“Hey guys, we’re fine. Illinois is a great team; they’ve been ranked #1 most of the year. You have to expect them to hit some shots. But as the game goes on and the pressure mounts, they’ll start to tighten up. And there’s no way that they will continue to make those jump shots.
By preparing for and remaining calm in a potential crisis, Coach Williams effectively refocused his team and helped them weather the inevitable storm of adversity that too often spooks other teams. Carolina went on to win the 2005 national championship.
6. Know how to quickly refocus teammates.
Just as Coach Williams did above, coaches and captains must know how to quickly and effectively refocus teammates when they are down, distracted, aggravated, or scared. You can’t allow people to go into the tank when you need their focus, confidence, and performance.
In our Leadership Academies, the biggest positive change our student-athletes report is their ability to effectively refocus their teammates. It’s this key ability to keep their team’s competing play after play, rather than succumbing to the inevitable adversity, distractions, and hassles of competition, that determines the outcome of many games.
7. Compete aggressively.
liongazelleTake it to people, dictate the tempo, carpe diem… Go out and play the game with passion and intensity. Often it is the individual and team that is the most aggressive that comes out on top. Keep this in mind:Every morning in Africa, a gazelle wakes up. It knows it must run faster than the fastest lion or it will be killed.
Every morning a lion wakes up. It knows it must outrun the slowest gazelle or it will starve to death.The moral: It doesn’t matter if you are a lion or a gazelle. When the sun comes up, you better be running.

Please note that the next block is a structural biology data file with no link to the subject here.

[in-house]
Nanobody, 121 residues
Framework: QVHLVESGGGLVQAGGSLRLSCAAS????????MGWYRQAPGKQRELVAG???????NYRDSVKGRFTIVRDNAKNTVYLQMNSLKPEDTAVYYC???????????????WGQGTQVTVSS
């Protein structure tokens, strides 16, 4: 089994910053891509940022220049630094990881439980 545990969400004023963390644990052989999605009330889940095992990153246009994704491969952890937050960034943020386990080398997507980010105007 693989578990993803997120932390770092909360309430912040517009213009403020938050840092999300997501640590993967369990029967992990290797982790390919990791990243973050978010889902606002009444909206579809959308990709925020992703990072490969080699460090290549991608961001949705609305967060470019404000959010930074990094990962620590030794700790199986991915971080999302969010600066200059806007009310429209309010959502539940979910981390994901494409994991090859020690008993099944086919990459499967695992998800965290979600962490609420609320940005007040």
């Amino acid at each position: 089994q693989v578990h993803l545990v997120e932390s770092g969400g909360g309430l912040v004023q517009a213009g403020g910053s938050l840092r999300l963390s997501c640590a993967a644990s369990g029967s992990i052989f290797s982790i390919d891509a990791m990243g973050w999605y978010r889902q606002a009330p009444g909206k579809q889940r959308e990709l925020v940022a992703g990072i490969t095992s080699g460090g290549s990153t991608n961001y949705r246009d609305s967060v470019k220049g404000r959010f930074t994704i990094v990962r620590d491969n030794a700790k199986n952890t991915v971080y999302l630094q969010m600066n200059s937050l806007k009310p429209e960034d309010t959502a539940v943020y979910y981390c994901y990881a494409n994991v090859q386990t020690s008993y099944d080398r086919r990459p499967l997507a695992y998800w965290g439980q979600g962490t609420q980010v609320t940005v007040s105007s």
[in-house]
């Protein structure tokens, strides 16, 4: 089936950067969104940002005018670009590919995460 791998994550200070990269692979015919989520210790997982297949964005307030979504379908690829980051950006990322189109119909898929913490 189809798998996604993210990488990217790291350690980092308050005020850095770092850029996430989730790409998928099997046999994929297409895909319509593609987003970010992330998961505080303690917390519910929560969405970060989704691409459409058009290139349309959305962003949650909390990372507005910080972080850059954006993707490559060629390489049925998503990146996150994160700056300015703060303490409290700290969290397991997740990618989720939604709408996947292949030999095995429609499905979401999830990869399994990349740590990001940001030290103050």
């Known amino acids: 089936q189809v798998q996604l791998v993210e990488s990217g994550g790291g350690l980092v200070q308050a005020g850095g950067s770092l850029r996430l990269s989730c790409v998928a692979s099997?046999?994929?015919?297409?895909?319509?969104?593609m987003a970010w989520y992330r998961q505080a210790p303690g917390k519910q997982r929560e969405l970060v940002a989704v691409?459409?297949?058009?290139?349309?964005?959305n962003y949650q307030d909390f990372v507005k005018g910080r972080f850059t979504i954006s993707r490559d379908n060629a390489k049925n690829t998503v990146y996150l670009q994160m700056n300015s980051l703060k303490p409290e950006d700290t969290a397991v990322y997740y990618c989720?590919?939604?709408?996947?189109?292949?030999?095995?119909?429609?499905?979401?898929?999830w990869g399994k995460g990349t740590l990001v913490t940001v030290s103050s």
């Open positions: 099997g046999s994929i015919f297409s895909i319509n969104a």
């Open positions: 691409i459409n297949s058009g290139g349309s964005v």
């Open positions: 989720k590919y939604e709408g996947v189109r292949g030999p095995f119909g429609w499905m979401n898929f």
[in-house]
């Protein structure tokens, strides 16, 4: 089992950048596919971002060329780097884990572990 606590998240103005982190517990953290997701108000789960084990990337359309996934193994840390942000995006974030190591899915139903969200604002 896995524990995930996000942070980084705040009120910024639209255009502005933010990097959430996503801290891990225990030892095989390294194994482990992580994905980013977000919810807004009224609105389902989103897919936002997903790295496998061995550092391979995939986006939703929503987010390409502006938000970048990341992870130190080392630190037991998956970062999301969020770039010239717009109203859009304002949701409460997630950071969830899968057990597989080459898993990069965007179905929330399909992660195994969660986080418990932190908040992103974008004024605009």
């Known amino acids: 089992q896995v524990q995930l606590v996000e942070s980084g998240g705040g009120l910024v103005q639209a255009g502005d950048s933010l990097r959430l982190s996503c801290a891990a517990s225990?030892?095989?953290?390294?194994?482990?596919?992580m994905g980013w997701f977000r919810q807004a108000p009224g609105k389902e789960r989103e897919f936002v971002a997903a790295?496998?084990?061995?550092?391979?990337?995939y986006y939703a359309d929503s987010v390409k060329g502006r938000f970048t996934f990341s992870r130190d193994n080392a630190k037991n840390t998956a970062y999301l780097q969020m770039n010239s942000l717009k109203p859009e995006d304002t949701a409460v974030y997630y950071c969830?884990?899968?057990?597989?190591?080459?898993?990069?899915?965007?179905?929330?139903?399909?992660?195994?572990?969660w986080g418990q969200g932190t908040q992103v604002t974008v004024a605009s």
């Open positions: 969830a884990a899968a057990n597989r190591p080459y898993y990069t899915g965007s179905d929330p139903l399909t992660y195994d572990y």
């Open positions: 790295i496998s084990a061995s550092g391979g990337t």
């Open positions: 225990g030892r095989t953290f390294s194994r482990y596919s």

8. Go on a crusade… Become a team of DESTINY
Many of the teams that I have been fortunate to witness win championships felt they were destined to do so. No matter what situation they found themselves in, whether they were down with little time left, had a tough injury to a key player that could be treat in a sports clinic, or weren’t getting the appropriate calls, they somehow felt that it was never enough to deter them from reaching their ultimate goal. They persisted on and trusted the process that it was all meant to be.
Give your team every reason to feel they are destined for success. Assuming you have paid the price of success, remind your team that the training, your practices, and the lessons you learned throughout the season have all prepared you for this moment in time.
You want your team to feel – “This is our time.”The USA women’s soccer national team accomplished this by repeatedly using the phrase, “This is the team, now is the time.” Maryland women’s basketball coach Brenda Frese established this with the “Overtime is our time” phrase. The mindset helped the Terps expect success and go 6-0 in overtimes to win the 2006 national championship.
Postseason success is all about generating and maintaining a sense of positive psychological momentum. Use the above suggestions to help your team peak in the postseason.